Evangelicals are suckers for retro-topia. Many fondly recall the way things were during the Billy Graham heyday. But while there is much to be honored, basking in the past pushes historical realities aside. I’m not set on returning to a 1960’s neo-evangelical primal age any more than I want wind-up clocks, rotary phones, or typewriters. And like yesterday’s manna, we can’t attend yesterday’s church, nor should we want to. Our parents’ church was no more real nor authentic nor “better” than ours today. There was plenty of baggage then as well, replete with tacky church basement movies like The Gospel Blimp and Thief in the Night, “I Found It” bumper stickers, and 88 Reasons Why the Rapture Will Be in 1988. And, in our house, it was the saccharine music – either the Melody Four Quartet or the Chuck Wagon Gang playing on my dad’s hi-fi. Nor is it about vestigial practices gone off their sell-by date, because the church is a living being, not an artifact buried within a past culture. The charge of the church is to follow the lead of the Holy Spirit, not be embalmers of the past.
Nevertheless, nostalgia has an evil twin: cultural amnesia. Nostalgia impounds the past; memory transmits its fruitful gifts into the present. Our formation as Christians takes root in spiritual soils enriched over centuries. And whether we realize or not, we contain both the fruits of what has gone before, and seeds of what is to come. The Church is the living tradition of a historic community, and the participation we play in it, as the beloved hymn Faith Of Our Fathers, Living Still, reminds. Memory (anamnesis) is at the core of the profession and practice of our faith. In fact, we are to be communities of recall and renactment: “Do this in remembrance of me”.[i] We can, however, consciously choose to disassociate from it, in what has been called “rhetorically consequential forgetting” – losing our sacred narrative through willful ignorance.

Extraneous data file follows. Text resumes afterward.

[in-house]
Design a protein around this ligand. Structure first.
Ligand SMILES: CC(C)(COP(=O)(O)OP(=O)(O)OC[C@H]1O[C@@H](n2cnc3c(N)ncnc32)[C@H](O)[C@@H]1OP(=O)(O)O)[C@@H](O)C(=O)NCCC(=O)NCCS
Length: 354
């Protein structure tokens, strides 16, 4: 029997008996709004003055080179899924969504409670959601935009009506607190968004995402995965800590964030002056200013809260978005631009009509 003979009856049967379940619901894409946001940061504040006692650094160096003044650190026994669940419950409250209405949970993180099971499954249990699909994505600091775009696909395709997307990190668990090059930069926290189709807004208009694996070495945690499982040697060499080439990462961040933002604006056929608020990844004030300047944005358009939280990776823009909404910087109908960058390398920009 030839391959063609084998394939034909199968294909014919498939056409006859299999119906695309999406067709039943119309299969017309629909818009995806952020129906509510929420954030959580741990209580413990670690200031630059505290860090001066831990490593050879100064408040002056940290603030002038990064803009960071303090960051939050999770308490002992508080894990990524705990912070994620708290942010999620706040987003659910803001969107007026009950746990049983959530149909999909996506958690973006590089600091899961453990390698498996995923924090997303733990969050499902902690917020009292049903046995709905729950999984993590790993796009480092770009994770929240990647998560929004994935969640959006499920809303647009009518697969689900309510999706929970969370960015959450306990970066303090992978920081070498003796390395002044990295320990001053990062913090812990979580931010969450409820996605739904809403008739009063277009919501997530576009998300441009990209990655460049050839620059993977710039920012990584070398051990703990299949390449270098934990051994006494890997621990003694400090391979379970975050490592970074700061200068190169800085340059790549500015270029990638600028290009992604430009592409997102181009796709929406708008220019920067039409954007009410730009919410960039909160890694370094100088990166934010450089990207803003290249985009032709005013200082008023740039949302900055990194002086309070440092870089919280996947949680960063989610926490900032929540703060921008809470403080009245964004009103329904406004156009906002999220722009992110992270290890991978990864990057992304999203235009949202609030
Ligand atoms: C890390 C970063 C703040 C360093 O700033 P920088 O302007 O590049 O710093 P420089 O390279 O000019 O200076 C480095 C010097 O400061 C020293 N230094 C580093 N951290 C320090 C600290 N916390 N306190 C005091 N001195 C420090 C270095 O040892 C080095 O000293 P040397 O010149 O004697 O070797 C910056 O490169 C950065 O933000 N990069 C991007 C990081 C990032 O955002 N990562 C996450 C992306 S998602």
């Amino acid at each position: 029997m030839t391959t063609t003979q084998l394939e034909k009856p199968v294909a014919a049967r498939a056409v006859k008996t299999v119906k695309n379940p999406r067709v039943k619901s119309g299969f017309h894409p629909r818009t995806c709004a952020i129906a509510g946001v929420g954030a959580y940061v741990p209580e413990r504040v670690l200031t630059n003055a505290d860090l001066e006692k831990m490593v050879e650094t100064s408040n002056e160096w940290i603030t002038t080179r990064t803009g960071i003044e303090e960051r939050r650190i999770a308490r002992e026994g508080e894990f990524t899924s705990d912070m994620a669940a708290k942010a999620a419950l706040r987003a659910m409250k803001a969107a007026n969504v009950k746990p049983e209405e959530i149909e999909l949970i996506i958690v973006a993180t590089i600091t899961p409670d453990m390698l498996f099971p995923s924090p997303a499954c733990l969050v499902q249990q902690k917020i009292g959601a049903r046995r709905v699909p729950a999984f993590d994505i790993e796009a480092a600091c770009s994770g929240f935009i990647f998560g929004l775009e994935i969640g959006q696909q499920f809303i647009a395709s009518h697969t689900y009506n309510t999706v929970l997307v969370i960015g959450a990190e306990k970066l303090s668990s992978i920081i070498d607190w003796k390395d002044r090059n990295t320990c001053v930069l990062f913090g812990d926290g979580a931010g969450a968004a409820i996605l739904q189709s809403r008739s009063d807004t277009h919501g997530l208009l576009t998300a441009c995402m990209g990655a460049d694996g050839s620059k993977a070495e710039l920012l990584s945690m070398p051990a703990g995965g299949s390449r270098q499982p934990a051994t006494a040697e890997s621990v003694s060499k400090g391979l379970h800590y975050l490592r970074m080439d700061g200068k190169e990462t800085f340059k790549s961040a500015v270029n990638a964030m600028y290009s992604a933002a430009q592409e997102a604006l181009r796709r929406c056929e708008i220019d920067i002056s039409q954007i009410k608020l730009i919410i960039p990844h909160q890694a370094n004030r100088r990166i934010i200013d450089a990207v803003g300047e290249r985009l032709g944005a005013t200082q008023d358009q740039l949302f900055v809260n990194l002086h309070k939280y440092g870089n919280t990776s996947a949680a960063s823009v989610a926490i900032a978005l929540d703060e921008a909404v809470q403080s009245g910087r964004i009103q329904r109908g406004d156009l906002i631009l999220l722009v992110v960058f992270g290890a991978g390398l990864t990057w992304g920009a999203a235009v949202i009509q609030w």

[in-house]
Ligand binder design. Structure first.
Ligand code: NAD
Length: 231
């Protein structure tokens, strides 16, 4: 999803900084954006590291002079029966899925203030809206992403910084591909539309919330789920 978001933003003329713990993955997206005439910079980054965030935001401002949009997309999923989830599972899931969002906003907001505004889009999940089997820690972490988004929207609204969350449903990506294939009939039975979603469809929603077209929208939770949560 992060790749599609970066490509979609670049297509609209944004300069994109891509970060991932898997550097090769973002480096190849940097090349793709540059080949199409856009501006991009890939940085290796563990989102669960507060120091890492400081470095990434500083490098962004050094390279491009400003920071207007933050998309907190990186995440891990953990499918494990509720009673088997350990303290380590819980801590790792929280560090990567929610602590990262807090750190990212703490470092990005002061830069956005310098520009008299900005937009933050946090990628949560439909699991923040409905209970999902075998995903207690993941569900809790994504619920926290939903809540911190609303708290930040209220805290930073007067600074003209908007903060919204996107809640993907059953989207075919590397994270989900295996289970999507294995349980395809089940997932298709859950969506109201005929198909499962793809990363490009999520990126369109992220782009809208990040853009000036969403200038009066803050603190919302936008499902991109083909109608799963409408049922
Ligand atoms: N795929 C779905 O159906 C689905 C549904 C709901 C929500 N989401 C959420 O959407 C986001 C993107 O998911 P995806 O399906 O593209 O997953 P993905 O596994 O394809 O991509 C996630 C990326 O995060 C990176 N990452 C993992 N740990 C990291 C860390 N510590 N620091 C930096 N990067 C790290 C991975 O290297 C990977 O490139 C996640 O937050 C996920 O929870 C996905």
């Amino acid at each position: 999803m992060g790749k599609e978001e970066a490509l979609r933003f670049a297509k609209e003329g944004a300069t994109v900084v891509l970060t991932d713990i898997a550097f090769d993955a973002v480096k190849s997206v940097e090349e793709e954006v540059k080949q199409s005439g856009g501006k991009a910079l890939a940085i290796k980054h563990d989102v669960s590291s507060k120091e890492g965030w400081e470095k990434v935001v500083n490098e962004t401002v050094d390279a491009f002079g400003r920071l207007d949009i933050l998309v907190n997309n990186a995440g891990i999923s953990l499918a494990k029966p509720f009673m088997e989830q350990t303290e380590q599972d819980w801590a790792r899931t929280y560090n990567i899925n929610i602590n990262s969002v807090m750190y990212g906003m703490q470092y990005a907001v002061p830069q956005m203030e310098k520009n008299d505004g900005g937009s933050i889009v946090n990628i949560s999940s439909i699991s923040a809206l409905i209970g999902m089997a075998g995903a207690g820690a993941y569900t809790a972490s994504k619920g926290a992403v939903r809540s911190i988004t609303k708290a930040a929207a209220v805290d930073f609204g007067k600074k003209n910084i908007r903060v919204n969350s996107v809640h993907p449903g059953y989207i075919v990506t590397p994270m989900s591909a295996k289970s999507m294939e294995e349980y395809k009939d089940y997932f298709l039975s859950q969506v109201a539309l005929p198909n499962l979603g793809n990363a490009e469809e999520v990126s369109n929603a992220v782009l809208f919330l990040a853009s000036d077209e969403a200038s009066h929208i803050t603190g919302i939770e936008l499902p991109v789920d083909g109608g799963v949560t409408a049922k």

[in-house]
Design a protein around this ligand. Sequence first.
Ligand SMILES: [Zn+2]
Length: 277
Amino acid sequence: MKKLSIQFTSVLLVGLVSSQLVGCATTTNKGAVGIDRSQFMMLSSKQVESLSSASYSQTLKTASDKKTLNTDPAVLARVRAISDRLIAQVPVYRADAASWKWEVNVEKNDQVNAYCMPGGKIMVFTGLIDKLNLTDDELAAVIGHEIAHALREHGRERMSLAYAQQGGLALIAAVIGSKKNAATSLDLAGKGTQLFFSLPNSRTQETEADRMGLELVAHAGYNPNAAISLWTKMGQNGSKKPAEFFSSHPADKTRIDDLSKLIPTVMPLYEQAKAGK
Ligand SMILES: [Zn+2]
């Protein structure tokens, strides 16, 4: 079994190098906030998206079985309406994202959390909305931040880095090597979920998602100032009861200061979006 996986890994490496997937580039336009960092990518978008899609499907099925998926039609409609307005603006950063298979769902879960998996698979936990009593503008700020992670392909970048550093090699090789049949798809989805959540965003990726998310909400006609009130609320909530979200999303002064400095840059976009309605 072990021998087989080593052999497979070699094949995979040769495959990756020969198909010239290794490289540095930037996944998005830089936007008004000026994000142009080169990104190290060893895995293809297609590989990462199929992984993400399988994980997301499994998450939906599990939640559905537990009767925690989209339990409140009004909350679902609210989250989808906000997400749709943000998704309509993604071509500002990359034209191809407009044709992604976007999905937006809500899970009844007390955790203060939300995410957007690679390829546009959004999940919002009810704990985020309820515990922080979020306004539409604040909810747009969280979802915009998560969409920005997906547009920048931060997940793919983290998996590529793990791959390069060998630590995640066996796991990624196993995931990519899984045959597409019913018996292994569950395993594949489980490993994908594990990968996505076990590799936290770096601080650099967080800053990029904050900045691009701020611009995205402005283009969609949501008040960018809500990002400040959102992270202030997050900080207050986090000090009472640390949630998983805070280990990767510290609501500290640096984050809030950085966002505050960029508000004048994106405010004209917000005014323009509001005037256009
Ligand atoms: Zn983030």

many evangelical congregations are bound together in a unity of forgetting as
much by what they remember in common. We
live as story-less people in story-less times, the effects of which, notes Danièle
Hervieu-Léger, are “structurally linked to the collapse of the framework of
collective memory which provided every individual with the possibility of a
link between what comes before and his or her own actual experience.”[ii] The
longevity of a religious group depends on how successful it is in retaining its
collective memory as a “lineage of belief.” We don’t need to go backwards, but
we can’t know where we are headed unless we understand where we have been. And
if they are wise, most drivers check the rear view mirror while their car is in
motion. “The road to the future,” Robert Webber observed, “runs through the
[i] Luke 22:19, 1 Corinthians 11:23.
[ii] Daniele Hervieu-Leger, The Collective Memory Reader, edited by Jeffrey K. Olick, et. al., New York: Oxford Univ. Press, 1981, p. 387.
[iii] Robert E. Webber, Ancient-Future Faith: Rethinking Evangelicalism for a Postmodern World, Grand Rapids: Baker Academic, 1999, p. 7.